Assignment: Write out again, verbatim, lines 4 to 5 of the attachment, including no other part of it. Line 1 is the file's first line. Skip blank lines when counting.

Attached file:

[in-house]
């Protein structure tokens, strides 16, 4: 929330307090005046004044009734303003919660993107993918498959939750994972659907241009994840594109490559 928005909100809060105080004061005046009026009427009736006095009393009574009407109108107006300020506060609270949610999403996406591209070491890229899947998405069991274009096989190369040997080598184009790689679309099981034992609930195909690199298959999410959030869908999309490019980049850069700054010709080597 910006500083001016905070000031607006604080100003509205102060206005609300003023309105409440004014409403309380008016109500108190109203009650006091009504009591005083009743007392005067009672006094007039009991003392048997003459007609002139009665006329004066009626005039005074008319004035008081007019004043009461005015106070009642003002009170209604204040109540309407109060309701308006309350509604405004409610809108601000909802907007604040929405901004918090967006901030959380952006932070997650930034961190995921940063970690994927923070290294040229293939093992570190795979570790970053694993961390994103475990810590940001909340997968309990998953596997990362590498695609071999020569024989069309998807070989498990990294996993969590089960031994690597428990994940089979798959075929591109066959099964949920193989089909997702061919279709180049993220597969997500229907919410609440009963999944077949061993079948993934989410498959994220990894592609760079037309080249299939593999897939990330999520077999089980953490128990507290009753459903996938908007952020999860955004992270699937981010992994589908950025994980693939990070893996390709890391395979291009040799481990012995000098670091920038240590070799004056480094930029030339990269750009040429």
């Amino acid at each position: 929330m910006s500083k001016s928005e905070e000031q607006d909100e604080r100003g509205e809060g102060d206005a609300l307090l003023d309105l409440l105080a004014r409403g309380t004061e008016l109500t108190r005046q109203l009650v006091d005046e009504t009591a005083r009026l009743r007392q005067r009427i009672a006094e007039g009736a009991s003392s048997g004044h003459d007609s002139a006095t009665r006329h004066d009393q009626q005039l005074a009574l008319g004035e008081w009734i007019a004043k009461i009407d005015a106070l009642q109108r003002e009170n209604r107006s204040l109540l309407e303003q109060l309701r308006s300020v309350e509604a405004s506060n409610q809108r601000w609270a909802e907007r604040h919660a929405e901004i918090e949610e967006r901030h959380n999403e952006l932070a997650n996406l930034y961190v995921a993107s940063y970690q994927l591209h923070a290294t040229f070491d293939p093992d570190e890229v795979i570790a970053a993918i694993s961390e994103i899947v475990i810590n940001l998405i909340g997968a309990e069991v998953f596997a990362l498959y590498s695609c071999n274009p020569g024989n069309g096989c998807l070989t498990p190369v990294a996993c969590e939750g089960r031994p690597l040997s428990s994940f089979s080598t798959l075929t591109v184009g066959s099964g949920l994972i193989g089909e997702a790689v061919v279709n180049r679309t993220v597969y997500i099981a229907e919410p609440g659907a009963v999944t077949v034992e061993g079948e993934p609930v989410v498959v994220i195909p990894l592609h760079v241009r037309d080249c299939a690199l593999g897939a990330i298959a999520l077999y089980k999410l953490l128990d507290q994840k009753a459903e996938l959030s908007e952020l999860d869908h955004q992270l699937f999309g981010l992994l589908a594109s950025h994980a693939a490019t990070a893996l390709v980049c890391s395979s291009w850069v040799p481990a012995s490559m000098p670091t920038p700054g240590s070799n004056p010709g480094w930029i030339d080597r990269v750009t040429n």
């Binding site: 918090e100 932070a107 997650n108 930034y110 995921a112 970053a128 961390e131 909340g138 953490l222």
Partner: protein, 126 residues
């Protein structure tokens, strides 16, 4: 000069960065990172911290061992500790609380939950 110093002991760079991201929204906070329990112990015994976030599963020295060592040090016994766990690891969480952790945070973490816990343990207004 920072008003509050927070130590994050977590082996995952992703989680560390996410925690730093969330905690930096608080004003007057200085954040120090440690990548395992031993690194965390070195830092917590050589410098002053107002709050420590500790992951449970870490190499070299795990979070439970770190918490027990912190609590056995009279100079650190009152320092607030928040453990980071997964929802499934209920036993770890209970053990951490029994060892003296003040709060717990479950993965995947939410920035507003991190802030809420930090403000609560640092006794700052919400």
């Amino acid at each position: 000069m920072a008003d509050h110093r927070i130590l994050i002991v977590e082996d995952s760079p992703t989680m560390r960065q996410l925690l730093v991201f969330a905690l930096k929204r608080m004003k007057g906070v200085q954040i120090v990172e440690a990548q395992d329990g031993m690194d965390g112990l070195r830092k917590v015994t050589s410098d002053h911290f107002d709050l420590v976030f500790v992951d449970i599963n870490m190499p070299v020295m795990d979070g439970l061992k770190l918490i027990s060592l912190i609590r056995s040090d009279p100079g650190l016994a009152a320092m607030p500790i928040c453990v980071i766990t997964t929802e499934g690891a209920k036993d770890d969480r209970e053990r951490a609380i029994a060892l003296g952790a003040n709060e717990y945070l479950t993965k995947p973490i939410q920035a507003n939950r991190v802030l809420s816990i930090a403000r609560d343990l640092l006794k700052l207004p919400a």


């Binding site: 918090e100 932070a107 997650n108 930034y110 995921a112 970053a128 961390e131 909340g138 953490l222």
Partner: protein, 126 residues